So I'm starting a new re-occurring blog segment called Week in Review. Every Friday I will post the top three instances, happenings, news headlines, etc. along that made me think along with my analysis. Enough introductions, let's get down to the inaugural list of events.
The Miami Heat Will Mostly Be Hated, No Matter What They Do
We're in the mist of the NBA Finals. The Oklahoma City Thunder. Labeled the underdogs. The good guys. The boys who should win. For the Miami Heat it's a different story and LeBron James is mostly to thank for that. I would venture to say that he's the most hated and hated on player in the league these days. More than Kobe and that's pretty damn bad."The Decision" solidified his place in eternal damnation and he's been paying for it ever since. And for what? For making a business decision that set him up to come out better in the long run? For setting himself up to be successful in the best possible way? In the grand scheme of things, the only person who truly has to live with "the decision" is Lebron James. Yes we may be upset that he left the Midwest and joined the 3 headed monster that is Bosh and Wade. Yes the teams that we love so much may be faced with an unfair advantage, but at the end of the day it's all business; and he has a family and career to look out for. Now back to my original point. Last night's game. Tons of commentary about how the refs unfairly judged the game in Miami's favor. I have a theory. There will always be some type of "thing" that the refs or whoever did unfairly. Why? Because people don't just hate the Heat, they love hating them. Especially the Midwest. So even if the Heat played fairly; even if the refs called every call and they won fair and square it still wouldn't be enough no matter what they do. So admit it. The Heat is the team that everyone loves to hate and they'll do it by any means necessary.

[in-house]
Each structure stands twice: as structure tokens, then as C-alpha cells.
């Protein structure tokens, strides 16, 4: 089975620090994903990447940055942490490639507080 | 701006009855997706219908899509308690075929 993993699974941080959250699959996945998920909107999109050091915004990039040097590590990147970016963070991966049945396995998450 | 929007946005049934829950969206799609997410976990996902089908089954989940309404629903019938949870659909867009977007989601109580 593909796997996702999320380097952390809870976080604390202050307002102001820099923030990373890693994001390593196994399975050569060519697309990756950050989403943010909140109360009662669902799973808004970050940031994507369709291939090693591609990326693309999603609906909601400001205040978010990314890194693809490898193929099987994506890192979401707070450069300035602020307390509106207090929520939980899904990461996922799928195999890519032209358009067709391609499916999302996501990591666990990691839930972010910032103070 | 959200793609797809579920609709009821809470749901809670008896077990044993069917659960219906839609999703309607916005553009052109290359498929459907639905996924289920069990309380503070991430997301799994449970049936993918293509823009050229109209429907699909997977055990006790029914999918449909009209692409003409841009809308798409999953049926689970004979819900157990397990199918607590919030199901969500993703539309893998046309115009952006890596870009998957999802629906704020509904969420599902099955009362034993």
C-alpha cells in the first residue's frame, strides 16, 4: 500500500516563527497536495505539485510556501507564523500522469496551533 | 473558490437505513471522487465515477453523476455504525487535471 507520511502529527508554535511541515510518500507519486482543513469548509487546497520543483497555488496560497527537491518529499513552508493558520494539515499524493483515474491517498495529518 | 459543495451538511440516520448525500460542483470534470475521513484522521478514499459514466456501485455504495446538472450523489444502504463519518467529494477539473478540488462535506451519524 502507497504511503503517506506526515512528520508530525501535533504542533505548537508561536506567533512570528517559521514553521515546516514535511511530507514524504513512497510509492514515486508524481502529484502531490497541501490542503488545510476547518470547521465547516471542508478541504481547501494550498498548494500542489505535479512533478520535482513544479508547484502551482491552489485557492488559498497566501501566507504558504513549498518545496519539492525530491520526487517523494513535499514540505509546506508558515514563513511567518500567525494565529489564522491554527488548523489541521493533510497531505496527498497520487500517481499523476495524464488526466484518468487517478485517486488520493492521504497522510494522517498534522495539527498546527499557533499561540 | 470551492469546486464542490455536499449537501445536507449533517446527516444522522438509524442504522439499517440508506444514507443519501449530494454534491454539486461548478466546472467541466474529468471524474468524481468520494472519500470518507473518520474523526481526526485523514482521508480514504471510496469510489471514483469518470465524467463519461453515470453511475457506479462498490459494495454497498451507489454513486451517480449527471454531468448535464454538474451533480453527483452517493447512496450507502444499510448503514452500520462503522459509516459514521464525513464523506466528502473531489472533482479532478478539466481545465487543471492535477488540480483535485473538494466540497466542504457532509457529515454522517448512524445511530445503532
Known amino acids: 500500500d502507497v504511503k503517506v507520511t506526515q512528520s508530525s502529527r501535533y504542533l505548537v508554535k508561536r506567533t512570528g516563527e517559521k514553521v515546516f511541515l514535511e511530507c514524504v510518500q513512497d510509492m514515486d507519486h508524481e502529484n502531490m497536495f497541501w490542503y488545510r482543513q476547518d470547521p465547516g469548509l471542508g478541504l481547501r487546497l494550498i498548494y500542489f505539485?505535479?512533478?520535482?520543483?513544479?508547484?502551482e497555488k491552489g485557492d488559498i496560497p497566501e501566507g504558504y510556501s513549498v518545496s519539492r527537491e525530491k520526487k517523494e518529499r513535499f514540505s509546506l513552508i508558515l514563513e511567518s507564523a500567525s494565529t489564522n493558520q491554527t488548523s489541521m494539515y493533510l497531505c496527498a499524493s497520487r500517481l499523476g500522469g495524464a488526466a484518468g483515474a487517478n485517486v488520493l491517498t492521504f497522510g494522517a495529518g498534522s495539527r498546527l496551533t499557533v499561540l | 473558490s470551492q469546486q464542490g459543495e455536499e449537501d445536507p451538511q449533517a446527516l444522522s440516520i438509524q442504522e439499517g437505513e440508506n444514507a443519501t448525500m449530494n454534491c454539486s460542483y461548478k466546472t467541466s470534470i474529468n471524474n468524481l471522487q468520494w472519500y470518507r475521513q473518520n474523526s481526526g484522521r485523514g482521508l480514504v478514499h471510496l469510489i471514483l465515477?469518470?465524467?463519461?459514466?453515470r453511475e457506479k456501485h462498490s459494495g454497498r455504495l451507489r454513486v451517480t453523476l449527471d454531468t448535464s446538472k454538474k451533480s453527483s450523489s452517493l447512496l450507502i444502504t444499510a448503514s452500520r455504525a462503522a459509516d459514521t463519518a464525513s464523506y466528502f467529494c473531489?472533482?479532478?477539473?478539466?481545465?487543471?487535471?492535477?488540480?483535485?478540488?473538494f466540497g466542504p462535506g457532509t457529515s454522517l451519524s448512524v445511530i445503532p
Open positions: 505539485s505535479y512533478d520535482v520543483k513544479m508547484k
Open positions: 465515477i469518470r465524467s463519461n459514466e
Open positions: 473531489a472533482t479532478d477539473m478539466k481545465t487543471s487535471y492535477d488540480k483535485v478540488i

At First I Thought The Zimmermans Were Afraid, but They're Just Plain Dumb
I hate to break it to you Shellie, but paper trails get you caught up every time. George Zimmerman faces 2nd-degree murder charges in the shooting death of Trayvon Martin.For more time than most liked, he enjoyed the luxury of being out on bond but now he's back in jail for lying to the jury about his finances. His wife Shellie joined him for a little while earlier this week. She was charged with perjury; a crime punishable by up to 5 years in prison and a $5,000 fine. The amount a person has to pay for bail depends on how much money they have. Days before the bond hearing, Shellie Zimmerman transferred $74,000 in 8 smaller amounts which ranged from $7,500 to $9,990 from George Zimmerman's account to her own. Then she tossed $47,000 from his account to his sister's. According to an affidavit After Zimmerman's release, Shellie again transferred more than $85,500 from her account into her husband's. Add in the secret lingo the couple was speaking during jail calls and you have a good ole-fashioned bowl of lies. The fact that banks are required by law to disclose transfers $10,000 or greater makes Shellie's actions appear to be even more suspicious. A high profile murder case is already something where you constantly have to maintain credibility. The Zimmerman's all but destroyed theirs. I pray for their attorney Mark O'Mara in his representation of clients who are less than bright.
The KKK Should Be Able to Adopt-A-Highway
Every organization has their "thing." The cause that they work to actively call attention to. Adopt-a-highway is an excellent program for those that like to beautify the roads and get a little recognition for doing so. Unfortunately for the KKK, that's not the first thing that comes to mind when we think of their group. Recently the International Keystone Knights, a chapter of the KKK in Georgia was rejected when they applied for the program. The Georgia Department of Transportation said that "promoting an organization with a history of inciting civil disturbance and social unrest would present a grave concern" & could negatively impact the state's quality of life. Which makes absolute sense. No state in their right mind would joyfully push to include a historically known terrorist group in such a public way. Unfortunately for those of us who strongly dislike the KKK, this doesn't take away from the fact that their entitled to constitutional rights and Georgia's Transportation Department may have violated those. A similar instance happened in Missouri in 2005. The U.S. Supreme Court ruled that the state could not reject a group due to their political beliefs. What makes this issue so complicated is that everyone is entitled to free speech protection. Even those who do more harm to the country by spreading more hate than good. They're so entitled to this right that the ACLU is considering acting on the Klan's behalf in court. At least I'm able to take comfort in the fact that they're doing so in the name of free speech and that alone.
Filed under: Media